My Hema visit was a similar eye-opener. I set up the tour to better understand the “new retail” concept constantly being touted by Alibaba, one of the main faces for China’s new high-tech prowess. The company has gone on a relentless acquisition spree of traditional retailers over the last couple of years, while also developing Hema and a number of other high-tech retail concepts on its own. The aim, as it likes to say, is to show everyone how the future retailing world will be a hybrid of online and offline shopping, including traditional brick-and-mortar stores with high degrees of automation and other high-tech touches.

I was ready to document such touches on my visit to the store in Beijing’s Shilipu area. I expected to find things like sensors that could detect when I lifted items from shelves, facial recognition technology that could tell when I put something in my cart, and a checkout line that would total up everything before I even arrived and let me pay by simply holding my smartphone to a scanner.

As anyone reading this can probably guess by now, my actual experience was far more low-tech than I imagined and not all that different from shopping at a regular supermarket. Finding items still required the usual strolling up and down the aisles and asking employees for help. The only high-tech touches I could find were a self-checkout where you could scan your own items and pay without a cashier, a feature that’s been available in the West for years now.

There was also a ceiling-suspended, Legoland-style conveyor belt snaking its way through the store carrying shopping bags for people who placed orders online. That online ordering concept was certainly more high-tech, and I was told items could be delivered in as little as 30 minutes after an order was placed. But even that process had plenty of low-tech support, staffed by store employees walking up and down the aisles to take items off shelves and put them into bags after receiving each online order.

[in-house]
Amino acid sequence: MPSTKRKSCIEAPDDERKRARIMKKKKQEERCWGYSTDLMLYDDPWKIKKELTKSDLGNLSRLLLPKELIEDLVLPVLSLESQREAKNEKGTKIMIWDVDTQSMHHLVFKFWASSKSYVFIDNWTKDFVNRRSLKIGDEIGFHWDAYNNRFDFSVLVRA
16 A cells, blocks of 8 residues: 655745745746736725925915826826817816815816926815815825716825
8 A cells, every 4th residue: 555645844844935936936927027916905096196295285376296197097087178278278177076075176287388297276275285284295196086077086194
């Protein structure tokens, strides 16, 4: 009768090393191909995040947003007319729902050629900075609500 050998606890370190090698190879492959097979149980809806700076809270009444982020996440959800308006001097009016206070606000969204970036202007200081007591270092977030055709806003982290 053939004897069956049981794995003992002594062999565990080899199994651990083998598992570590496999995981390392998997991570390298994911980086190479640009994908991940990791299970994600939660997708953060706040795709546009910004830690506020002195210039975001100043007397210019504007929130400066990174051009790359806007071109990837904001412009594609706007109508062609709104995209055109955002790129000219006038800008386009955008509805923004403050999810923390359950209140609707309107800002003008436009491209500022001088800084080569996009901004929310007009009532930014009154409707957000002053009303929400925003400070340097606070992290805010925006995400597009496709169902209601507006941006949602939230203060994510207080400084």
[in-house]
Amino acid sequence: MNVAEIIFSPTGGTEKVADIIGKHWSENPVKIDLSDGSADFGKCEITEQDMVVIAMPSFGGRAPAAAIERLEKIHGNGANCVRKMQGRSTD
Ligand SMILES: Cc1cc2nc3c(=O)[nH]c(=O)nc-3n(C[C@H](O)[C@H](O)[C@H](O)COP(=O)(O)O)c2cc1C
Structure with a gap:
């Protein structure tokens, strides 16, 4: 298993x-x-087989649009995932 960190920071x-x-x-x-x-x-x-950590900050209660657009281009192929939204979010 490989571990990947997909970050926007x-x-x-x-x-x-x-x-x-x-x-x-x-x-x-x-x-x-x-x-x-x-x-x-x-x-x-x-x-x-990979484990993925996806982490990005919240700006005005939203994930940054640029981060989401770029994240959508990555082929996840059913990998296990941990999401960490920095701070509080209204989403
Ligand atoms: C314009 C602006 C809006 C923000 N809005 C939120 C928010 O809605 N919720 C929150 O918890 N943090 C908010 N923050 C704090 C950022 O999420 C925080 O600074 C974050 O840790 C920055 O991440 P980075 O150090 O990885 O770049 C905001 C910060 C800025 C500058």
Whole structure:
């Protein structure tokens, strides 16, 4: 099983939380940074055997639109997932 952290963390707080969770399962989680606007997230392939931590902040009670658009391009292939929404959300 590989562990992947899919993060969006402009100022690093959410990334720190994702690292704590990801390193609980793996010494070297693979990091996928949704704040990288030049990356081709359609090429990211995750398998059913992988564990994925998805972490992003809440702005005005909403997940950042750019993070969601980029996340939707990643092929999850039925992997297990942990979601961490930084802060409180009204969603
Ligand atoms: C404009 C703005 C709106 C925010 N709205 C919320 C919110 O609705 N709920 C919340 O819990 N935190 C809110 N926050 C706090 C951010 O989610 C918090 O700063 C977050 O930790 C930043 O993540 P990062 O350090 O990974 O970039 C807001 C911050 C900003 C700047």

Even here, it seems like such online grocery shopping would be better handled by big warehouses manned with robots rather than these expensive traditional stores manned by real people. Alibaba has touted its rapid expansion plans for Hema, with 33 stores planned for the Beijing area alone by the end of this year from a current eight. The plans are even more ambitious nationally, with Alibaba saying it hopes to have some 2,000 Hema stores open within the next three to five years.

Perhaps I’m being a bit harsh, or at least expecting too much from relatively young companies like ZTE and Alibaba. I also was probably guilty of buying into Alibaba’s hype just a bit too much, and my Hema visit provided a nice reality check to counter all the press releases and news coverage I’m constantly reading.

At the end of the day, I do believe the retail world, like many other things, is rapidly changing with the rise of the internet. Alibaba and other Chinese tech champions could one day well be at the cutting edge of that and other high-tech revolutions. But such companies will need to delve a little deeper beyond the surface and come up with truly new concepts if they really want to lead such a movement.

Doug Young has lived in Greater China for two decades, including a 10-year stint at Reuters, where he led China corporate news coverage. Send your questions or comments to